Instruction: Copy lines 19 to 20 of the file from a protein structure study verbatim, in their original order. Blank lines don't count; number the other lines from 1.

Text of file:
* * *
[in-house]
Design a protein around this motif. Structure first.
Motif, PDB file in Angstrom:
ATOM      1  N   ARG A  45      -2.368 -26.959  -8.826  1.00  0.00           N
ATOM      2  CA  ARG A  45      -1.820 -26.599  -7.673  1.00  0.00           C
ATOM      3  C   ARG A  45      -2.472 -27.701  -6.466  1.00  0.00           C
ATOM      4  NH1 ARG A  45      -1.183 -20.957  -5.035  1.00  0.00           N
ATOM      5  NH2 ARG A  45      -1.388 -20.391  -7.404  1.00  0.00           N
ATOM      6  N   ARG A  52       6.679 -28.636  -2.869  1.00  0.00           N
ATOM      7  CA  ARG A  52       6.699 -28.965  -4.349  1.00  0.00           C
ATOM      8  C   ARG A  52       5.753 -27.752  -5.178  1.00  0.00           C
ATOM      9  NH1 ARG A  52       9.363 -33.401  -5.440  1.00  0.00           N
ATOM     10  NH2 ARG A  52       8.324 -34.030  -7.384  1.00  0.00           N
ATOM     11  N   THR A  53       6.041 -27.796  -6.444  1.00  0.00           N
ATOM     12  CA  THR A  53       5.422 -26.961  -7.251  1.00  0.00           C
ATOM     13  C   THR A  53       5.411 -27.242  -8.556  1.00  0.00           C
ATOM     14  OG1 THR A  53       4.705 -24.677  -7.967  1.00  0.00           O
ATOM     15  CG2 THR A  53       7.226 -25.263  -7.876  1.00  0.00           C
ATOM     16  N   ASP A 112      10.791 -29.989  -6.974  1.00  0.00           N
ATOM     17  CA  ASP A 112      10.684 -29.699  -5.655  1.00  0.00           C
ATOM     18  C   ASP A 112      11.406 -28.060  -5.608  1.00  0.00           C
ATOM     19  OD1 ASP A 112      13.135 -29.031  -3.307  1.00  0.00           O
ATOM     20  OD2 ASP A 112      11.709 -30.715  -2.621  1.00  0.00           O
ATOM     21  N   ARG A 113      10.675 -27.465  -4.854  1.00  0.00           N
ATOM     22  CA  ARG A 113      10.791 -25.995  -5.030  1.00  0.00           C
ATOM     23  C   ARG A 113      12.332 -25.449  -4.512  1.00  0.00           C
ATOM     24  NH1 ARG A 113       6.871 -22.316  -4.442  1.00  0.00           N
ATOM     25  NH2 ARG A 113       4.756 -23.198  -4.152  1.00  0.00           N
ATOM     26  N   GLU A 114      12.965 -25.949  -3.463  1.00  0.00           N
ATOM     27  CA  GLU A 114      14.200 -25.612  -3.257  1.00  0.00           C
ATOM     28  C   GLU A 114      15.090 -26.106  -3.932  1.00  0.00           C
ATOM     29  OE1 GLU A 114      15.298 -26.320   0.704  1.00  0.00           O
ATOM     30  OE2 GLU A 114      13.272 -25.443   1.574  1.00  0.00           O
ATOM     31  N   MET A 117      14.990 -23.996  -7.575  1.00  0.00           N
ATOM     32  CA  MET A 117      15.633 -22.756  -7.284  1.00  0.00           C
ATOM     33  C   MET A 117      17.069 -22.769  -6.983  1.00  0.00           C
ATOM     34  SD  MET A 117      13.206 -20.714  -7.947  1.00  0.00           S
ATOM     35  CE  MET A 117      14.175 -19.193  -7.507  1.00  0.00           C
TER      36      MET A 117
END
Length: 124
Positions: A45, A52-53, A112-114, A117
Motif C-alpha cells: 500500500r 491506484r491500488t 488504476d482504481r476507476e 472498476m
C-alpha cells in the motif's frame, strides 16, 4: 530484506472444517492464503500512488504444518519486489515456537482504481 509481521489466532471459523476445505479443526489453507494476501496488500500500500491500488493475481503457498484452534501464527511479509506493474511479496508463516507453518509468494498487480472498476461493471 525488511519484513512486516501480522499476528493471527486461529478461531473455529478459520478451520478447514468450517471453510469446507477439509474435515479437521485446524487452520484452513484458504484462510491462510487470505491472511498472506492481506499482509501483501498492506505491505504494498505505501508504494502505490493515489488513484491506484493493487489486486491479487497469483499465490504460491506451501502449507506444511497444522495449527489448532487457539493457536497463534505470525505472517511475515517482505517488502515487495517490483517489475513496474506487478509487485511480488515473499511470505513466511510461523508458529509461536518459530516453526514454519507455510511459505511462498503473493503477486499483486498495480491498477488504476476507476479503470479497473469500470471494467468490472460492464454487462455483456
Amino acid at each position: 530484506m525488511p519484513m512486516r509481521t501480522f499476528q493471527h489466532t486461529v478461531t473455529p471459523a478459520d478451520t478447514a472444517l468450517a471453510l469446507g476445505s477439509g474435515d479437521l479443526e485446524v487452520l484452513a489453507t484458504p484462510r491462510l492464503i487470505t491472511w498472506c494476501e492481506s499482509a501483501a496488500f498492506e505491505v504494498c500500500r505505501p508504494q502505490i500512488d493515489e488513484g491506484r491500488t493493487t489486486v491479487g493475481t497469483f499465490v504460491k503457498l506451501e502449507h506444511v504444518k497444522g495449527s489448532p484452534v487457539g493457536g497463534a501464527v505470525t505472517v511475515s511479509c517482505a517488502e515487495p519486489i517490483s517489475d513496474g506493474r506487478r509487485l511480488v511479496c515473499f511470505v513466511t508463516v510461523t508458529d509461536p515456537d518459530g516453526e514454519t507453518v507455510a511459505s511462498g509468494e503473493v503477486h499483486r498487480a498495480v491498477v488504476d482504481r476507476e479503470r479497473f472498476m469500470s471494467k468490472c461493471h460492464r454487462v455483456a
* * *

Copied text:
ATOM     16  N   ASP A 112      10.791 -29.989  -6.974  1.00  0.00           N
ATOM     17  CA  ASP A 112      10.684 -29.699  -5.655  1.00  0.00           C